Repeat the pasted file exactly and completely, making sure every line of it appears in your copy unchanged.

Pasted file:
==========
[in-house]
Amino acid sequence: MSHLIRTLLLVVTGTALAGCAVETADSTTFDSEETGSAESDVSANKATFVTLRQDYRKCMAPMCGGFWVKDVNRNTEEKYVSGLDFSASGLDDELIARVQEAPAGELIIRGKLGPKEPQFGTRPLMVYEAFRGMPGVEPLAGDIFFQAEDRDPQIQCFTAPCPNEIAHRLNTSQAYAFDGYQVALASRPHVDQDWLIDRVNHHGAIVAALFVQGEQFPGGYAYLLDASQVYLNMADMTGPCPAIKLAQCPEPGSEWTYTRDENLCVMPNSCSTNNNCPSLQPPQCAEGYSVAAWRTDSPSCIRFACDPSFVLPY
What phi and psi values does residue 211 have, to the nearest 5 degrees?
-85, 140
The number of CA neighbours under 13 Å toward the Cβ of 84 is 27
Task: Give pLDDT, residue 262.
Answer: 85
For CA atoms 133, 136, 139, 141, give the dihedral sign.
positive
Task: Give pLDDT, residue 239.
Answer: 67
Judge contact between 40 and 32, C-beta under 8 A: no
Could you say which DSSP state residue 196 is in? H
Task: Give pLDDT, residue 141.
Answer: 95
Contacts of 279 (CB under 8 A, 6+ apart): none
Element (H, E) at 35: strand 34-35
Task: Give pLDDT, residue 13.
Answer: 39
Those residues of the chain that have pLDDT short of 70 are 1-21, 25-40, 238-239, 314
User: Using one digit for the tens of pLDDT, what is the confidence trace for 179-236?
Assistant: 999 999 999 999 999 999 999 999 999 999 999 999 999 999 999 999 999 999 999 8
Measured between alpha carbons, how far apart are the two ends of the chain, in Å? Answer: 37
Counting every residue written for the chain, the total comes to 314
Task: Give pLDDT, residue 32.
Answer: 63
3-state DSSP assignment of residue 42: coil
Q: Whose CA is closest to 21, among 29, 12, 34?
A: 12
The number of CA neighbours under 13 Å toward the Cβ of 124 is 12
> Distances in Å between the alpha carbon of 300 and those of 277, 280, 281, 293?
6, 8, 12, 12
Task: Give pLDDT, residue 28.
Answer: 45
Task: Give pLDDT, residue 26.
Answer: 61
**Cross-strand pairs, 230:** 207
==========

[in-house]
Amino acid sequence: MSHLIRTLLLVVTGTALAGCAVETADSTTFDSEETGSAESDVSANKATFVTLRQDYRKCMAPMCGGFWVKDVNRNTEEKYVSGLDFSASGLDDELIARVQEAPAGELIIRGKLGPKEPQFGTRPLMVYEAFRGMPGVEPLAGDIFFQAEDRDPQIQCFTAPCPNEIAHRLNTSQAYAFDGYQVALASRPHVDQDWLIDRVNHHGAIVAALFVQGEQFPGGYAYLLDASQVYLNMADMTGPCPAIKLAQCPEPGSEWTYTRDENLCVMPNSCSTNNNCPSLQPPQCAEGYSVAAWRTDSPSCIRFACDPSFVLPY
What phi and psi values does residue 211 have, to the nearest 5 degrees?
-85, 140
The number of CA neighbours under 13 Å toward the Cβ of 84 is 27
Task: Give pLDDT, residue 262.
Answer: 85
For CA atoms 133, 136, 139, 141, give the dihedral sign.
positive
Task: Give pLDDT, residue 239.
Answer: 67
Judge contact between 40 and 32, C-beta under 8 A: no
Could you say which DSSP state residue 196 is in? H
Task: Give pLDDT, residue 141.
Answer: 95
Contacts of 279 (CB under 8 A, 6+ apart): none
Element (H, E) at 35: strand 34-35
Task: Give pLDDT, residue 13.
Answer: 39
Those residues of the chain that have pLDDT short of 70 are 1-21, 25-40, 238-239, 314
User: Using one digit for the tens of pLDDT, what is the confidence trace for 179-236?
Assistant: 999 999 999 999 999 999 999 999 999 999 999 999 999 999 999 999 999 999 999 8
Measured between alpha carbons, how far apart are the two ends of the chain, in Å? Answer: 37
Counting every residue written for the chain, the total comes to 314
Task: Give pLDDT, residue 32.
Answer: 63
3-state DSSP assignment of residue 42: coil
Q: Whose CA is closest to 21, among 29, 12, 34?
A: 12
The number of CA neighbours under 13 Å toward the Cβ of 124 is 12
> Distances in Å between the alpha carbon of 300 and those of 277, 280, 281, 293?
6, 8, 12, 12
Task: Give pLDDT, residue 28.
Answer: 45
Task: Give pLDDT, residue 26.
Answer: 61
**Cross-strand pairs, 230:** 207